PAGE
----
20180914_new_garcia

A non-communicative Anthony Garcia appeared to sleep through his death penalty hearing in June.

Anthony Garcia’s day of reckoning has come.

Friday, the former Creighton pathology resident-turned-serial killer will find out his fate in the revenge-fueled slayings of 11-year-old Thomas Hunter and 57-year-old Shirlee Sherman in March 2008 and of Dr. Roger Brumback and his wife, Mary, in May 2013.

Judges Gary Randall and Russell Bowie of Omaha and Ricky Schreiner of southeast Nebraska will decide whether Garcia receives the death penalty or life in prison. Garcia was convicted in October 2016 of killing the four as a result of his festering grudge over his 2001 firing from Creighton.

“It’s been a long road,” Douglas County Attorney Don Kleine said Thursday. “We need to bring this to a close for everyone involved.”

Put in numbers, it has been:

» 3,838 days — 10 years, 6 months — since Garcia stumbled his way through Omaha’s historic Dundee neighborhood on a sunny afternoon, made his way into the home of his former boss, Dr. William Hunter, and knifed to death Hunter’s youngest son, Thomas, 11, and 57-year-old Shirlee Sherman, a mother and grandma who cleaned the Hunters’ house.

» 1,952 days — 5 years, 4 months — since Garcia reared his head again on a sun-splashed Sunday near 114th and Pacific Streets. After an alarm scared him away from the home of another former boss, Dr. Chhanda Bewtra, Garcia stopped and ate some chicken wings before finding his way to the home of Dr. Roger Brumback and his wife, Mary. The Brumbacks — packing and painting their house after Roger had retired from his Creighton University post — were ambushed. Garcia shot Roger in the Brumbacks’ foyer, then brawled with Mary before finally killing her.

» 1,887 days — 5 years and 2 months — since Garcia was arrested on his way to Louisiana State University, with only a gun, a crowbar, a sledgehammer and an LSU lab coat in his car. Authorities say he was on his way to kill another professor there.

» 668 days — almost two years — since a jury convicted him of the four killings.

In the time since, the man who used to ask that everyone call him “Dr. Tony” hasn’t responded to anyone, no matter what they have called him. Not to Judge Randall, who has often referred to him as “Doctor,” though Garcia only barely held a medical license. Not to his own attorneys. Not even to his parents.

Instead, Garcia has been forcibly removed from his cell on the day of each hearing and hauled to court. He has slumped in his wheelchair, his eyes closed and his torso curled like his overgrown toenails. He either sleeps or feigns it.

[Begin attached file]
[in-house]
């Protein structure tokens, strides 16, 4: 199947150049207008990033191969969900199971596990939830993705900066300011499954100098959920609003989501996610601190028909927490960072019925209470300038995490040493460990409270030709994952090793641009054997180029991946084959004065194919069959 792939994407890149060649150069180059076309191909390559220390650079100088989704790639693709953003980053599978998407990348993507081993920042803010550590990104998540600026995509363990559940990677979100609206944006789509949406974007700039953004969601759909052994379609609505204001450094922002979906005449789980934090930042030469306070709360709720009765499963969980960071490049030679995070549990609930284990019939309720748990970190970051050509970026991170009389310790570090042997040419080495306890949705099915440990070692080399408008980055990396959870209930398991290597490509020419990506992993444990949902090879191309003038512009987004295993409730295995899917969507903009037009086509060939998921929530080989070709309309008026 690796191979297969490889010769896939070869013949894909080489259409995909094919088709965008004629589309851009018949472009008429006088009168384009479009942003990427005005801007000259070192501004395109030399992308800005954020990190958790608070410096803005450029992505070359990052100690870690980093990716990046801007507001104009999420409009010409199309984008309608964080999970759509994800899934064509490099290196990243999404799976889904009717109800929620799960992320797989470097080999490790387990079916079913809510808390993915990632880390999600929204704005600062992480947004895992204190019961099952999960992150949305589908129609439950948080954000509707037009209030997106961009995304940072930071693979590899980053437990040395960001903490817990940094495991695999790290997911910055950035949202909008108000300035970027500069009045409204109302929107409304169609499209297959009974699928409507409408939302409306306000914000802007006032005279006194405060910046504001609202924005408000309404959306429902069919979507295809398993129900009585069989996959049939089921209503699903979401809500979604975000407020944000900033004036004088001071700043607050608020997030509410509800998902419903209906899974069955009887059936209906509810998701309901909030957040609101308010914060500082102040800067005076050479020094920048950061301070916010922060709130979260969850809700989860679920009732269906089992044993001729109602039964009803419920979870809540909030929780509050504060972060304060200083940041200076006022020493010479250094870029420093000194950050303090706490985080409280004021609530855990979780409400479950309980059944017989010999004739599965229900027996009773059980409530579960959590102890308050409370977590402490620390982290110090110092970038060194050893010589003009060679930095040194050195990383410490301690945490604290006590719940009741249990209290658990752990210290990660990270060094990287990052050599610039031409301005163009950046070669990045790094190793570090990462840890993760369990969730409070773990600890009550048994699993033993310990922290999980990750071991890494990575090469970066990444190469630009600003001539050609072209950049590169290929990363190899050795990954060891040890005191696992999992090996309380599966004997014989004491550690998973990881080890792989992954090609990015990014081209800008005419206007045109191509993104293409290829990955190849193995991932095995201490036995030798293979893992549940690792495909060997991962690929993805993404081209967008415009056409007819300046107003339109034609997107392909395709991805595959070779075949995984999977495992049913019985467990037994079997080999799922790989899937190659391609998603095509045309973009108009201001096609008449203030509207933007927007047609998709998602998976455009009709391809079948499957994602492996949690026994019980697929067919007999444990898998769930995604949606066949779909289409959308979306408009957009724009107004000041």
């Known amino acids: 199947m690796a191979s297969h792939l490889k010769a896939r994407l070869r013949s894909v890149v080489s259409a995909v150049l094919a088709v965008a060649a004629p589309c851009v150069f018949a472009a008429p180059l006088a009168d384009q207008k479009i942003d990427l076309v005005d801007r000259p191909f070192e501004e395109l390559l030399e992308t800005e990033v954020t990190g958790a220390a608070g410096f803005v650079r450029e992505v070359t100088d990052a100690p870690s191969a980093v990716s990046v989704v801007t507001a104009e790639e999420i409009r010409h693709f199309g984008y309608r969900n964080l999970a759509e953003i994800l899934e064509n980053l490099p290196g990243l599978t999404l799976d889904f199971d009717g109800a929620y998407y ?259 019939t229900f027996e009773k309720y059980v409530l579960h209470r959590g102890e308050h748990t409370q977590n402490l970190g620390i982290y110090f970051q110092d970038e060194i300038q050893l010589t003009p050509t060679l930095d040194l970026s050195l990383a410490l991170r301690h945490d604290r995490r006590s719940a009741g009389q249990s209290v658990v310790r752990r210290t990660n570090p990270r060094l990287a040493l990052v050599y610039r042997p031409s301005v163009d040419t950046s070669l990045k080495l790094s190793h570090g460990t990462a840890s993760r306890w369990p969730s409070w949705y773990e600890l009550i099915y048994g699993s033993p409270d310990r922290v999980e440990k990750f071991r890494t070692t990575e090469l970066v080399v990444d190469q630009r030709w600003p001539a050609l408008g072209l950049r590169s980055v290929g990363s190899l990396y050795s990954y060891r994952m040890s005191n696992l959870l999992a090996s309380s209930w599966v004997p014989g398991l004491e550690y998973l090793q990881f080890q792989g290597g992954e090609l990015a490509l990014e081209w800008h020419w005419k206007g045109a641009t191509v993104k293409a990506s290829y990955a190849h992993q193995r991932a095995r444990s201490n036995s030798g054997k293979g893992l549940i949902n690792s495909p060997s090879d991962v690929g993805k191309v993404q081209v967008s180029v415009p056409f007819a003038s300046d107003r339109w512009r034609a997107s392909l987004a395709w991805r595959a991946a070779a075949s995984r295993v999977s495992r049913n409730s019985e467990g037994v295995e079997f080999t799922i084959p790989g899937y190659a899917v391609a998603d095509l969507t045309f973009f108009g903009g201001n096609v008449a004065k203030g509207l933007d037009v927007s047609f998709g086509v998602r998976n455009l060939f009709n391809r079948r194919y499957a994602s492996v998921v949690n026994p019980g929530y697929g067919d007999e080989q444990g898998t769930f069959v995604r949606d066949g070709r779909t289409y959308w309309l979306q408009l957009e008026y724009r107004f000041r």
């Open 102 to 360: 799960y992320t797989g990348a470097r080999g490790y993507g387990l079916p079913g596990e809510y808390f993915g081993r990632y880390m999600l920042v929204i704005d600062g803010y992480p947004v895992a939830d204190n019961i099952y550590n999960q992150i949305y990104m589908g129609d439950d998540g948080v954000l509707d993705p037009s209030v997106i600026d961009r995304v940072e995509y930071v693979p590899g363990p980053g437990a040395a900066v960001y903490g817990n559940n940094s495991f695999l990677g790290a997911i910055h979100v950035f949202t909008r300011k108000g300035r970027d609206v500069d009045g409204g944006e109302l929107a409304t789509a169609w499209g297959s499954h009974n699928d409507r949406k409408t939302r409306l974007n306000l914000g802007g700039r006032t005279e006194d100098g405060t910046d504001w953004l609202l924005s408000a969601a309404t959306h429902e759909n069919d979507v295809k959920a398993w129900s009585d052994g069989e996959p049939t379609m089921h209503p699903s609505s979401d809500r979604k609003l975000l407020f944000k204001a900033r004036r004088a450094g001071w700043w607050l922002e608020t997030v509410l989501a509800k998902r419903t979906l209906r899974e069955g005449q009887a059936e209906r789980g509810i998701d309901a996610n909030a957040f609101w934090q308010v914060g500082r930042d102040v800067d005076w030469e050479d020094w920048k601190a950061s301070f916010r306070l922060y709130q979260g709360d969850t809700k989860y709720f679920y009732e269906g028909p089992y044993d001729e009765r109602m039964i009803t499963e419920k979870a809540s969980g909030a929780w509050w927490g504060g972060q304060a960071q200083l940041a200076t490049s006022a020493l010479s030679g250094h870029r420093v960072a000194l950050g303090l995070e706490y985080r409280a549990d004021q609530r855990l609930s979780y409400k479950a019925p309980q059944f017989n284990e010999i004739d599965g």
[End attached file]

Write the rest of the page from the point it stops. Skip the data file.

It’s a far cry from the once thin and smiling and braggadocious defendant. Taking on the persona of his brash former attorneys, he once told a World-Herald editor: “When I go free, I plan to tell my story to ‘60 Minutes’ for millions. My attorneys and I were talking, ‘We’re going to kick their ass.’ You can print that.”

Then came the blitz of evidence. The stripper who testified that he made a bizarre comment about being a bad boy, about killing a young boy and an old lady. The neighbors who described a Honda CRV that resembled the one Garcia drove. The surveillance video that showed Garcia buying a case of beer on his way into Omaha on Mother’s Day 2013. DNA on a door handle that generally traced back to Garcia. Parts of a gun — broken as Mary Brumback fought for her life — that led back to Garcia.

The trademark poking and prodding and cutting along the necks of his victims — befitting a former pathology resident. The pile of rejection letters after Brumback and William Hunter informed others that Creighton had fired Garcia, back in 2001.

As the evidence mounted, Garcia seemed to shrink in court. He went from scoffing and scribbling notes in protest during pretrial hearings to sleeping during the sentencing phase of the case.

Sherman’s brother, Brad Waite, said he expects more of the same Friday.

“He’ll just sit there and pretend he’s asleep,” Waite said. “He’s never showed any emotion yet. I don’t know why it would change (Friday).”

Waite said he has a “million things” going through his mind. His big sister was a hardworking, salt-of-the-earth grandmother with six grandkids, a garden and “a lot of years left to live.”

Friday “is going to be a tough day,” Waite said. “It’s just been a long road. I really can’t take my mind off of it.”

Reporter - Courts

Todd Cooper covers courts, lawyers, trials, legal issues, the justice system and government wrongdoing for The World-Herald. Follow him on Twitter @CooperonCourts. Phone: 402-444-1275.

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